Heart and Soul’s first chord reveals the ‘relative major’ half of the pair: C Major.
The next chord reveals the ‘relative minor’ half of the pair: A minor.
Heart and Soul’s first two chords are the clue to finding paired relative major and minor keys. C Major and A minor are each other’s relative major and minor keys.
- Both C Major and A minor use the same default key pattern — all white keys
- Both share the same key signature DNA
- Because they use only white keys as their default, neither one has sharps or flats in its key signature.
Try the key of G
Play the bass and chords of Heart and Soul in the key of G. Play the first chord, which is ___ chord. This can be seen as the relative major of the chord that follows.
Now stop on the second chord of the progression. What note is the LH playing? What minor chord is the RH playing? ___ note. ___ chord. Even though this is chord vi of the key of G, it is a gateway to figuring out its relative minor.
These two chords can represent the two keys that are related to each other, the first the relative major key, the second, the relative minor.
If you figured out that the relative Major is G and the relative minor is e minor, you are correct! Both have one sharp in the key signature — F#.
Try the key of F
Play the bass and chords of Heart and Soul in the key of F. Play the first chord, which is ___ chord. This can be seen as the relative major of the chord that follows.
Now stop on the second chord of the progression. What note is the LH playing? What minor chord is the RH playing? ___ note. ___ chord. Even though this is chord vi of the key of F, it is a gateway to figuring out its relative minor.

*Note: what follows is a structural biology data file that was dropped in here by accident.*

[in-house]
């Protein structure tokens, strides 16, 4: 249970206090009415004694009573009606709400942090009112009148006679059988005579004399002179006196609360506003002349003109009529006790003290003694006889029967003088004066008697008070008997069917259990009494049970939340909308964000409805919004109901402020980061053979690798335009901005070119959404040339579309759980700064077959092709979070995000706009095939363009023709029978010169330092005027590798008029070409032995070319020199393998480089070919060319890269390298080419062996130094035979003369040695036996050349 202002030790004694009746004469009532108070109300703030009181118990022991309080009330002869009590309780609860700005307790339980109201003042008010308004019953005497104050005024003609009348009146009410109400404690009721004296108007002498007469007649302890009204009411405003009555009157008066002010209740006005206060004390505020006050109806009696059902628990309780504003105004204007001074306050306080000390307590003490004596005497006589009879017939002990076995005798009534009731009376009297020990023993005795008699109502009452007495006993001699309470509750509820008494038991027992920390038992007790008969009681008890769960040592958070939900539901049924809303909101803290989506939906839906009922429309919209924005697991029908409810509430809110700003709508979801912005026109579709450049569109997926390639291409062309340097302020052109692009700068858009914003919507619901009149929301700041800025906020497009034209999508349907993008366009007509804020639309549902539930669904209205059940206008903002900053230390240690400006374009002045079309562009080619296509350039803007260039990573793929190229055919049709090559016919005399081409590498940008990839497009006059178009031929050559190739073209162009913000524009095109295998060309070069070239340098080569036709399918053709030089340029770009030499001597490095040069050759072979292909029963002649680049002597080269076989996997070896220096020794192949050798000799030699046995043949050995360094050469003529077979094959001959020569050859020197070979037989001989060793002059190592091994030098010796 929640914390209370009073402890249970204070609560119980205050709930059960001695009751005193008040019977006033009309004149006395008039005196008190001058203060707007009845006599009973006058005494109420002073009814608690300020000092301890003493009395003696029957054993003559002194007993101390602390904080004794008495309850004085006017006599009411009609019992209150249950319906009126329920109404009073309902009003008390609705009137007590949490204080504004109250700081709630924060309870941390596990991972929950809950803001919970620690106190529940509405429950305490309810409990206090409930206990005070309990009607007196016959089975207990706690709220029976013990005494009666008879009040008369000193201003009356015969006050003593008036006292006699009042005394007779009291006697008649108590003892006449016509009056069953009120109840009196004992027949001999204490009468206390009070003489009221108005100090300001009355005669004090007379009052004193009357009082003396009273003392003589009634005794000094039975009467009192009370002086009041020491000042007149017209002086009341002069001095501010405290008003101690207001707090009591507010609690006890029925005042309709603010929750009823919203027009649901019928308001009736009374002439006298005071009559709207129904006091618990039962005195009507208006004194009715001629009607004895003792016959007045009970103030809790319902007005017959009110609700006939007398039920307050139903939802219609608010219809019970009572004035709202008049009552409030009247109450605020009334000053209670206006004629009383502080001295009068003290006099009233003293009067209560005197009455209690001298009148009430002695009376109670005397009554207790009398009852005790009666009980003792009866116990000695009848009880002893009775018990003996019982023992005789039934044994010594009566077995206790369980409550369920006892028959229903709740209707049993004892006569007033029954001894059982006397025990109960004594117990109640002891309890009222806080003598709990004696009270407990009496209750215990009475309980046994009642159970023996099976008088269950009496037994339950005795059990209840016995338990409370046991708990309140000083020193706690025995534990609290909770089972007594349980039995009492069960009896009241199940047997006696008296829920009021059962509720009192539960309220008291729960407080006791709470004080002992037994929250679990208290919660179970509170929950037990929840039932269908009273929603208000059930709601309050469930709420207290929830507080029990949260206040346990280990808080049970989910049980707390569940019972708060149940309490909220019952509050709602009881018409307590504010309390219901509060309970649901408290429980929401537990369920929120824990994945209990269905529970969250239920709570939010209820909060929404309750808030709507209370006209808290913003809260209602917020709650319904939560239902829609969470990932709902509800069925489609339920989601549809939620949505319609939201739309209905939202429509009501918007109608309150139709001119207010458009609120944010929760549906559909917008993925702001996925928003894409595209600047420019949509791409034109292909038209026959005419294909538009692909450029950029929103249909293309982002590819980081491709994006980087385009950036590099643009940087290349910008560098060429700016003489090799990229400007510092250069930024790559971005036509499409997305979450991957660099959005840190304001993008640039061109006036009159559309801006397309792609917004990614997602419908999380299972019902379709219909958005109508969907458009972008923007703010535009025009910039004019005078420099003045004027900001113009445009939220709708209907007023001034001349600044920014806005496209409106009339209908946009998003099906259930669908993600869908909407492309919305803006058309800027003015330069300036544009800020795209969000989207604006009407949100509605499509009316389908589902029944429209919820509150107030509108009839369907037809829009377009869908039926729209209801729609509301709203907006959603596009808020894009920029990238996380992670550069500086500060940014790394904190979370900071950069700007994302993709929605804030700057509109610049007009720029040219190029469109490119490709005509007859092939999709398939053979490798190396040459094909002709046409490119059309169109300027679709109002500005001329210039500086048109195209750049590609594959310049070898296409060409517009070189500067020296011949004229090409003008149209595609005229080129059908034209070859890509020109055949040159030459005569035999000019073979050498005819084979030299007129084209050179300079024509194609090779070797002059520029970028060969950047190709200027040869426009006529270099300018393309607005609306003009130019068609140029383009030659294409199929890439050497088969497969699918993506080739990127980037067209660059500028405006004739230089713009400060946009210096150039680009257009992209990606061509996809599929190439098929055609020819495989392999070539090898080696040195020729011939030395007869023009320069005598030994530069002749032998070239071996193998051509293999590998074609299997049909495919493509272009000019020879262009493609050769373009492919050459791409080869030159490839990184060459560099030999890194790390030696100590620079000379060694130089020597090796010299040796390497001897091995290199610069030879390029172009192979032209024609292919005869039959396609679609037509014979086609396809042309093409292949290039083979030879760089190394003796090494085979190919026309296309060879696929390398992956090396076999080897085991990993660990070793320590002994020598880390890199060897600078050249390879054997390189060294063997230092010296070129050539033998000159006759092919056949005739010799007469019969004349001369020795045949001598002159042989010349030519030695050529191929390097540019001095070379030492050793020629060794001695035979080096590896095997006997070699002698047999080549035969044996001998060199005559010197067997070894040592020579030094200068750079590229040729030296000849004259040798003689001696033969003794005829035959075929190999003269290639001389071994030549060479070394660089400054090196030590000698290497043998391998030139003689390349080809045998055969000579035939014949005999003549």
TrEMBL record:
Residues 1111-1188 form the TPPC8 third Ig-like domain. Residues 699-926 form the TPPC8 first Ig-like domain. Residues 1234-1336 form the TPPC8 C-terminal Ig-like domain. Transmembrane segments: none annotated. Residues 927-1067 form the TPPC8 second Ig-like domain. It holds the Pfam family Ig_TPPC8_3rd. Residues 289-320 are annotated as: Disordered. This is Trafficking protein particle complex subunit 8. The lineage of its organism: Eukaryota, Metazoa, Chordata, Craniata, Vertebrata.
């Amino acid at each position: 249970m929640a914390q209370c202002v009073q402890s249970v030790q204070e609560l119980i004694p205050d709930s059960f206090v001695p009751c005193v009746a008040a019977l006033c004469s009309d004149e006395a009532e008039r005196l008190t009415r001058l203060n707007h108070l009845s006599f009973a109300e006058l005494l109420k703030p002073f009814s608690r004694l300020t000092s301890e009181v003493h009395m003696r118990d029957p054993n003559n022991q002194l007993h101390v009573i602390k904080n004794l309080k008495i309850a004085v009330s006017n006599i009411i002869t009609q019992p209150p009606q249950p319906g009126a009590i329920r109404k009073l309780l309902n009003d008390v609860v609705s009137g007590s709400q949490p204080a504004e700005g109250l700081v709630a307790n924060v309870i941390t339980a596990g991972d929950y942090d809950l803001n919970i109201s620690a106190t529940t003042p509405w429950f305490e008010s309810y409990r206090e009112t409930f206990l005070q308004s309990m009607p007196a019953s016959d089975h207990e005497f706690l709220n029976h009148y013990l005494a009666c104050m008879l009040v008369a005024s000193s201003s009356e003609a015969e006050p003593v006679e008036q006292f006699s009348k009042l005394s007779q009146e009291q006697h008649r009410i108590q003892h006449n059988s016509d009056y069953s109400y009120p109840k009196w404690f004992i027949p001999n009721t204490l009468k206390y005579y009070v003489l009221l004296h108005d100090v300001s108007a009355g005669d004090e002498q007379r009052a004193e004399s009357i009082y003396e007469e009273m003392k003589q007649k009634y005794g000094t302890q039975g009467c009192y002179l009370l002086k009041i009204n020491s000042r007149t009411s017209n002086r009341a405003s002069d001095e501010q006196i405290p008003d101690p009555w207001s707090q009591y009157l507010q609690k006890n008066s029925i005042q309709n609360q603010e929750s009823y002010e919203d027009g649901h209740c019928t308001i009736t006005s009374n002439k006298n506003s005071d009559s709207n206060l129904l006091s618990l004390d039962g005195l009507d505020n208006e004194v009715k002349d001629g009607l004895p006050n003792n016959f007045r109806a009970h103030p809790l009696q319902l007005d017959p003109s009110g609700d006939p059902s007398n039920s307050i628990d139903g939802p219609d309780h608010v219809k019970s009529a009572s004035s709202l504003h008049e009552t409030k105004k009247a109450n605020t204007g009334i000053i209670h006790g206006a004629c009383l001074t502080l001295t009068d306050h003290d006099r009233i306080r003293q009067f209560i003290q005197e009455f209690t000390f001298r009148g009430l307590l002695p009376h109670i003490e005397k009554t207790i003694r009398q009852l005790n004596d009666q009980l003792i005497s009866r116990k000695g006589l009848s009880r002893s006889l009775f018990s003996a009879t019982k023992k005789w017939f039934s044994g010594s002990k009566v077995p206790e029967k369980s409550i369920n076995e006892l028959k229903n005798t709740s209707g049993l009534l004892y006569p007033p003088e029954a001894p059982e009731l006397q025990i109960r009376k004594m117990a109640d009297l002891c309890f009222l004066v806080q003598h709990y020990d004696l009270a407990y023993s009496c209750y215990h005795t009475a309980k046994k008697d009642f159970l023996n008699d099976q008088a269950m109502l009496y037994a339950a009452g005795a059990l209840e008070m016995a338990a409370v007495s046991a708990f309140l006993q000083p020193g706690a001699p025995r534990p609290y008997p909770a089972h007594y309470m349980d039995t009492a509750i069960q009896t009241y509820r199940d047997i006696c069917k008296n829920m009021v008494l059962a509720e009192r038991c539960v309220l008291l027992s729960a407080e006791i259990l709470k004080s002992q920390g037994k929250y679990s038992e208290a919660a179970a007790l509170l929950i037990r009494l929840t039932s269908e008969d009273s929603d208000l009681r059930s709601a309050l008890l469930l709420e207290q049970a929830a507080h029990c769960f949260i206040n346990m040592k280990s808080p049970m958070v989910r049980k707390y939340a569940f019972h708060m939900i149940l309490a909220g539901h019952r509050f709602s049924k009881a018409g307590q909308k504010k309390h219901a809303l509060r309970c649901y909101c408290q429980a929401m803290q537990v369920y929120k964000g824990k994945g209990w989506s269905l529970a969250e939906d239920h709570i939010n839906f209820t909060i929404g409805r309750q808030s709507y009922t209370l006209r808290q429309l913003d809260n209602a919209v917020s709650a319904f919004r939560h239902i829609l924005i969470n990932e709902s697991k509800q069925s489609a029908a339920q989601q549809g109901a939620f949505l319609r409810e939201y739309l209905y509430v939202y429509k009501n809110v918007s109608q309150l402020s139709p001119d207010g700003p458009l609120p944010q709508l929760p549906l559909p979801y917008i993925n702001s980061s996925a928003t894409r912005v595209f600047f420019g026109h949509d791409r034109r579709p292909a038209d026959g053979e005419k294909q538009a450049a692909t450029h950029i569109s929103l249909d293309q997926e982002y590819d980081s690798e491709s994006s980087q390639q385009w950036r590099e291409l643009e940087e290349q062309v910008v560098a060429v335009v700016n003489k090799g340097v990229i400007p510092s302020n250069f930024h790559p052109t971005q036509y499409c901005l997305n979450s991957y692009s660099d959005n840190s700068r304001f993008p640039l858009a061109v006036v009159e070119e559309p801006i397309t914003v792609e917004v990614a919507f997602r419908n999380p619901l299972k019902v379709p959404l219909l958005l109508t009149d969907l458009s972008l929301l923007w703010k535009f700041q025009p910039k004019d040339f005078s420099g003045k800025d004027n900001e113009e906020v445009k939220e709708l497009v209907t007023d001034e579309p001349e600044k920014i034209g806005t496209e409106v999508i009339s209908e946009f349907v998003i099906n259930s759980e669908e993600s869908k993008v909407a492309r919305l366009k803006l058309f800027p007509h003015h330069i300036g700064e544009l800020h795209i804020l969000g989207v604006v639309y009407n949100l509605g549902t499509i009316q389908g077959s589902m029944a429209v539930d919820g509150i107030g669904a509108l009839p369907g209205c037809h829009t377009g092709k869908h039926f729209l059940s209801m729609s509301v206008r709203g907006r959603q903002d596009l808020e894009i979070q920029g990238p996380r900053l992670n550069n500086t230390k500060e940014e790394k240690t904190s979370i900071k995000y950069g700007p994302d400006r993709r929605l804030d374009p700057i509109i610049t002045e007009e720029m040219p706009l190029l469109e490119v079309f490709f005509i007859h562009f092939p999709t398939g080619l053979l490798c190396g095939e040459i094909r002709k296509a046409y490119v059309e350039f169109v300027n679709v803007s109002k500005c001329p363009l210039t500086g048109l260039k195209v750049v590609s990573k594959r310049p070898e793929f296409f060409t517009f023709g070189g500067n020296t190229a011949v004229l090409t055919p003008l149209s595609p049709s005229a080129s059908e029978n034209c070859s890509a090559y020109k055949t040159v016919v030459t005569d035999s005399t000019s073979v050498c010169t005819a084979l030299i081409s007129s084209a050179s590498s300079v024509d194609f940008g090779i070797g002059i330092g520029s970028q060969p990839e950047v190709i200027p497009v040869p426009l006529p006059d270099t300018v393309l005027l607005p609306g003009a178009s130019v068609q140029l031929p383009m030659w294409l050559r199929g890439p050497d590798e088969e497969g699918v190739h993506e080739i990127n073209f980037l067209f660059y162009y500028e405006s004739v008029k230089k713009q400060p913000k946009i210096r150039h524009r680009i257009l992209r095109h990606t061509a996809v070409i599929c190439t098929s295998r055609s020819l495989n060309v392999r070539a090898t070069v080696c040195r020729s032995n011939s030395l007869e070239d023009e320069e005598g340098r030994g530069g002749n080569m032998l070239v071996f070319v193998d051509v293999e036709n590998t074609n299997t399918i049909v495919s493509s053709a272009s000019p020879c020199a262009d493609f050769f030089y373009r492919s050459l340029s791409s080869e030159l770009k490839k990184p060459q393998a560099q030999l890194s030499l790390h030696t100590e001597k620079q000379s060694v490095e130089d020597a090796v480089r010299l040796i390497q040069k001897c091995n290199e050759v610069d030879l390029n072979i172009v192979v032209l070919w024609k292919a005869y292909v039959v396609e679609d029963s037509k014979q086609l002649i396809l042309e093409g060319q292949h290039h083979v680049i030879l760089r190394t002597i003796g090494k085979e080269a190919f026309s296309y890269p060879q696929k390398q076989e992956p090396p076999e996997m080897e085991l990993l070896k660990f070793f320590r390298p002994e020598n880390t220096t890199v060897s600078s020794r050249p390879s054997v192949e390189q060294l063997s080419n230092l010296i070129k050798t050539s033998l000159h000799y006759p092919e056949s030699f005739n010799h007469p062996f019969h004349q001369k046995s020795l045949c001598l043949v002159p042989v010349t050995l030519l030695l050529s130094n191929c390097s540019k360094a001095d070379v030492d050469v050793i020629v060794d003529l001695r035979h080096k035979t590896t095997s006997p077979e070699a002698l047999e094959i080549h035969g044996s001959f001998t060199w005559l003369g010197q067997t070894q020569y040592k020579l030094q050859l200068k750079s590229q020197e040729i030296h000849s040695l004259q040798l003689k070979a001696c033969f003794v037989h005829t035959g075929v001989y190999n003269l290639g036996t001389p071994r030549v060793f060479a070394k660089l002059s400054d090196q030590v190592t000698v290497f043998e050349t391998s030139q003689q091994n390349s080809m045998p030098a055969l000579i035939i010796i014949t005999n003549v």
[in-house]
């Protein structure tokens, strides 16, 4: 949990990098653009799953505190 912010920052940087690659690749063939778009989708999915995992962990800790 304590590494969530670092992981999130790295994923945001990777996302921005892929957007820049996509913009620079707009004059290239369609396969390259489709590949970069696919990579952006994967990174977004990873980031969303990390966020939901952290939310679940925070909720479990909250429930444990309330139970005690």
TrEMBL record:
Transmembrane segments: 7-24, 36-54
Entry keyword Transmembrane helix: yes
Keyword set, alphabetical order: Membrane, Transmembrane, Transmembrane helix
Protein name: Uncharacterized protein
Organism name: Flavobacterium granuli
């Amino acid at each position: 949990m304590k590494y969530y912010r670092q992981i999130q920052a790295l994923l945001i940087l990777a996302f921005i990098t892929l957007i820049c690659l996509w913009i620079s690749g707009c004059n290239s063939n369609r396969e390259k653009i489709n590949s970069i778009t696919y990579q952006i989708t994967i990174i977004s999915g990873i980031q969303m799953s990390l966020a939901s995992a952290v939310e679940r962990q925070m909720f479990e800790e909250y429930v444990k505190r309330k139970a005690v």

These two chords can represent the two keys that are related to each other, the first the relative major key, the second the relative minor.
If you figured out that the relative Major is F and the relative minor is d minor, you are correct! Both have one flat in the key signature — B-flat.
Try other keys
Try transposing Heart and Soul to other places and keys on the piano. When you play it with success, you will:
- Figure out other relative major and minor pairs
- Have a simple way of knowing which major and minor keys share the same key signature
- Simplify the learning of scales, because you’ll know which two will share the same default key pattern (with different starting notes)
In the post above, it was mentioned that there’s a technical way to find relative major and minor key relationships. Here’s more on that:
The tonic (key note) of the relative minor is always three semitones (half steps) below the tonic of the major key.
Here’s how that looks for A minor and C Major:
Here’s how that looks for e minor and G Major:
If you begin with the minor tonic, you can find the relative major the same way, by counting three semitones up.
Note: If you land on a black key, how do you know what letter to call it? The major-minor relationship always covers three letters in a row: E Major down to C-sharp minor (E-D-C), A Major to F-sharp minor (A-G-F).
But isn’t it more fun to find relative minors and majors by playing Heart and Soul and hearing the harmonic connection?
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Video of the Week
Gray Day (Level 3) is a slow, expressive piece in the style of impressionist jazz. From the print and eBook The Color Collection, Early to Late Intermediate Piano Solos. Or, check out the Gray Day eSheet!